Submitted by Eric Eisner on
Since I clearly didn’t come through with the “regular updates” on my Keats and Contemporary Poetry seminar I promised back in the fall, maybe now I can at least post some highlights of the semester that (as of today, with grading at last done--hooray!) was.
Among the great things this semester were the class presentations—knowledgeable, informative and fun—in which students introduced contemporary poems, not on the syllabus, with some relationship to Keats; I made some discoveries this way. We had a fascinating discussion for example about “This Living Hand” from Dean Young’s collection Skid, a book I hadn’t read (sadly, word is that Dean Young is himself very ill right now...). I like the idea of having students bring in their own discoveries (sort of like show-and-tell) rather than presenting on a text I've assigned (where we're both conscious of the fact that I, as the instructor, have a stake in the material and take on the material they're not fully aware of until after their presentation).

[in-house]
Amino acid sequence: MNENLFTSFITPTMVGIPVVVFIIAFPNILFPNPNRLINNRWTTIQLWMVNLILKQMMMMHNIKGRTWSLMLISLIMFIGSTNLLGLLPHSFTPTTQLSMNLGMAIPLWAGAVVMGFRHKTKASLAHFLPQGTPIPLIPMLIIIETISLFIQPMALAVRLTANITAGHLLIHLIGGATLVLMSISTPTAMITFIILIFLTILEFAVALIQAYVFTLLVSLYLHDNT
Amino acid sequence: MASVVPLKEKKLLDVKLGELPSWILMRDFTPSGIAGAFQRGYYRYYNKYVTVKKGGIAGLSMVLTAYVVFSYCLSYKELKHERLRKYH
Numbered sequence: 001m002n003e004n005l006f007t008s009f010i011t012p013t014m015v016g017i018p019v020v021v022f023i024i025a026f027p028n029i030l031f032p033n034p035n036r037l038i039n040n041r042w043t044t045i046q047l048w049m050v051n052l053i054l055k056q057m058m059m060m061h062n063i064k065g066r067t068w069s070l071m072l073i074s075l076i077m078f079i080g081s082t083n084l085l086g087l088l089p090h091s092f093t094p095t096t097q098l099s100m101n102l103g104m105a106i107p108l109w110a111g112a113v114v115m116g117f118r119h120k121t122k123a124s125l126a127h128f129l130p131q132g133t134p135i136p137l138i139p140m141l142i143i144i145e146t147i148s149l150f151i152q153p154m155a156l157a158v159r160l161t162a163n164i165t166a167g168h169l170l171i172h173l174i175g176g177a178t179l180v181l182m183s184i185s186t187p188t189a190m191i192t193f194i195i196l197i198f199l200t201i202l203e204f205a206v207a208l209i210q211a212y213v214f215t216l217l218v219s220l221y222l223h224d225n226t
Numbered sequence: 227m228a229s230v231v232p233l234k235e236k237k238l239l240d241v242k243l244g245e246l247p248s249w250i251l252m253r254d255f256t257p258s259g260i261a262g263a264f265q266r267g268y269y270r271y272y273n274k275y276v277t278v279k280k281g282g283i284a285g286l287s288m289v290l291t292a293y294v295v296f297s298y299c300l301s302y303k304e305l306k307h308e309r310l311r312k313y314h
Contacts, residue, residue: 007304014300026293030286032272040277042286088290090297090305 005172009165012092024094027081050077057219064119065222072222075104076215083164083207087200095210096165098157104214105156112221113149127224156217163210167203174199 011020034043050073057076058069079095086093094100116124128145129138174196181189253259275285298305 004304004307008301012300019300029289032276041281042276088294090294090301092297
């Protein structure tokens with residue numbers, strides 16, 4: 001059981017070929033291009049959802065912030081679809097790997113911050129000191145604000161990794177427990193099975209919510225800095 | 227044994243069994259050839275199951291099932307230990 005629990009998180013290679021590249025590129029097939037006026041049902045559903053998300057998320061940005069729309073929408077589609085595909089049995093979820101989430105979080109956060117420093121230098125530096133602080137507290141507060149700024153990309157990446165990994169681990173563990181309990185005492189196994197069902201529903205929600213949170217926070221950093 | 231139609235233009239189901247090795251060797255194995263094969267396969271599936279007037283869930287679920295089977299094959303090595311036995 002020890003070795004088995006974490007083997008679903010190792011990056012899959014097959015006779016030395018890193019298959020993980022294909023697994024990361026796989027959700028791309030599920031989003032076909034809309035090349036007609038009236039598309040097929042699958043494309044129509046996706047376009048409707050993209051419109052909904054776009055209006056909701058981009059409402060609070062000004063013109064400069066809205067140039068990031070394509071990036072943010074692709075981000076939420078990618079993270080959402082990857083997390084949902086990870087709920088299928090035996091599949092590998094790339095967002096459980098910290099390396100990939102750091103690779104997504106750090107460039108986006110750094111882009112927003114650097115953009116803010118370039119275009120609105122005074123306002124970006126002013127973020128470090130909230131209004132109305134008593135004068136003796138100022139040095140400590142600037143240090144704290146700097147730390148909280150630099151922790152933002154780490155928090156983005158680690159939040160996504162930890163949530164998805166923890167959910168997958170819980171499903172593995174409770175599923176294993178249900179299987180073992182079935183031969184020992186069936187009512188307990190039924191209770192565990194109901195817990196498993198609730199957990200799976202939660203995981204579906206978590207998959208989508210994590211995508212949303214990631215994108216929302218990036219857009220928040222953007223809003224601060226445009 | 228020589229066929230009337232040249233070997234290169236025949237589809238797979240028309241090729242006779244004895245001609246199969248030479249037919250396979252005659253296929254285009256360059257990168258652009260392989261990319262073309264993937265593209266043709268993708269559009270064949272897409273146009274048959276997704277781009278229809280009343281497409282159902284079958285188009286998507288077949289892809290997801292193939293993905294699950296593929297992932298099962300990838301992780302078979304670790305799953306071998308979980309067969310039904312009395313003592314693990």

I’d been wondering at the start of the semester how the mix of MA and MFA students in the course would work out. The two groups had different styles of reading and different knowledge bases (when talking about a poem, for example, the MFAs tended to start with form and technique, and the lit. students tended to start with interpretation; the MFA students were more comfortable voicing evaluative judgments on poems, and of course had a much greater familiarity with the world of contemporary poetry they’re a part of). There were some moments of tension around the sense that there really were two communities of readers in the class, but for the most part I think these got resolved productively, and overall the class had a very strong collaborative spirit. Those moments of tension were instructive, too, reminding me as well as the students that not only do different texts demand different reading strategies, but different readers in the same classroom approach the same texts with differing techniques, goals, and expectations—a point that’s now just a given of our theory, of course, but that’s nonetheless (perhaps because of its obviousness to us on the level of theorizing about reading) sometimes difficult to plan for and manage in the classroom. And such a conflict in approaches to texts happens less often, in my experience, in undergraduate classes in the major, where all the students tend to have very similar training. Maureen McLane’s engaging essay “Romanticism, or Now: Learning to Read in Postmodern” proved helpful to me and my students in thinking about these issues, and in dealing with the frustration experienced by some of my students when their trusted critical tools didn’t work on certain poems (postmodern poems, or even Hyperion—which to some students was among the most foreign things we read!). (Following up on Deidre’s earlier post about note-taking, by the way, Maureen charmingly reproduces in the essay her own undergraduate notes on a poem).